Her Majesty's Revenue and Customs (HMRC) has decided not to levy a 20% value-added tax on bitcoin transactions, reversing an earlier ruling that classified virtual currencies as gift vouchers.
In contrast to several other countries, including Germany, the UK is set to treat crypto-currencies in the same way as other currencies.
In a brieing paper setting out its thoughts, HMRC states: "As an EU tax, the VAT treatment for cryptocurrencies adopted by the UK must be consistent with any treatment that may eventually be implemented across the EU."
VAT will not be charged on virtual currency transactions and margins will not be taxed. Other taxes, including corporation tax, will apply, although “each case will be considered on the basis of its own individual facts and circumstances".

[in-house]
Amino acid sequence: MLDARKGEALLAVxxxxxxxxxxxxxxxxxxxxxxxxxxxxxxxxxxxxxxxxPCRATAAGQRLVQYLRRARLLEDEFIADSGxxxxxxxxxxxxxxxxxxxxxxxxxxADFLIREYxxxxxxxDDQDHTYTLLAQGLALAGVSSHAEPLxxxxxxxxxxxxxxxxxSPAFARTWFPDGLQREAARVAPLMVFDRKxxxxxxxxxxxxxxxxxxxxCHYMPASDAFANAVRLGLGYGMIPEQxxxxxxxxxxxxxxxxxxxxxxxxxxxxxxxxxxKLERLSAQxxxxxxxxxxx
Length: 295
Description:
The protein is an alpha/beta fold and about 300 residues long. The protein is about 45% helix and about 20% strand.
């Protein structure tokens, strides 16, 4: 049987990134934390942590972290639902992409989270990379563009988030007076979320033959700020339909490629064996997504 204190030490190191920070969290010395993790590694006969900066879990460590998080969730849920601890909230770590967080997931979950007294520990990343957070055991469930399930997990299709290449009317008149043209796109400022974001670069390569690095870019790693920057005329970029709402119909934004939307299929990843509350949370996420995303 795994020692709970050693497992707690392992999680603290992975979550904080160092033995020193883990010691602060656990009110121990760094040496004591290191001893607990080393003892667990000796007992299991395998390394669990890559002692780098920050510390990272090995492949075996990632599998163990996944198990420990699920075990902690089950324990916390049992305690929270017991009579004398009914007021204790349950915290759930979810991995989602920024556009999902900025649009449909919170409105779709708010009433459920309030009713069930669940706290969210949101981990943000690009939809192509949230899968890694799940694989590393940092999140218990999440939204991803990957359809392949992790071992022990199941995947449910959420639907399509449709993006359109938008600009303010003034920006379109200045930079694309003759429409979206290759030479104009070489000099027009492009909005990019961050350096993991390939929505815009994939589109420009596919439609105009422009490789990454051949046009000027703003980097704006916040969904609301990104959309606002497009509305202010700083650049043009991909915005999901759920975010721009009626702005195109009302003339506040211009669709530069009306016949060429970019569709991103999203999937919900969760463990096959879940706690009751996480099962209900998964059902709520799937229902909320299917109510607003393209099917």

The small win for the crypto-currency community comes after a tough few weeks in the wake of the Mt. Gox meltdown. Following Friday's revelation that the exchange is filing for bankruptcy protection, a US customer has initiated legal proceedings.
In a complaint filed in US District Court in Chicago, plaintiff Gregory Greene says: "Mt. Gox intentionally and knowingly failed to provide its users with the level of security protection for which they paid."
Greene's suit seeks class action status on behalf of Mt. Gox users, restitution, monetary damages and other remedies.
Meanwhile, in an effort to deal with hoards of furious users, the Tokyo-based exchange - which says that it has lost bitcoins worth hundreds of millions of dollars - has set up a call centre. Callers have been posting their experiences, including language barrier issues, on Reddit.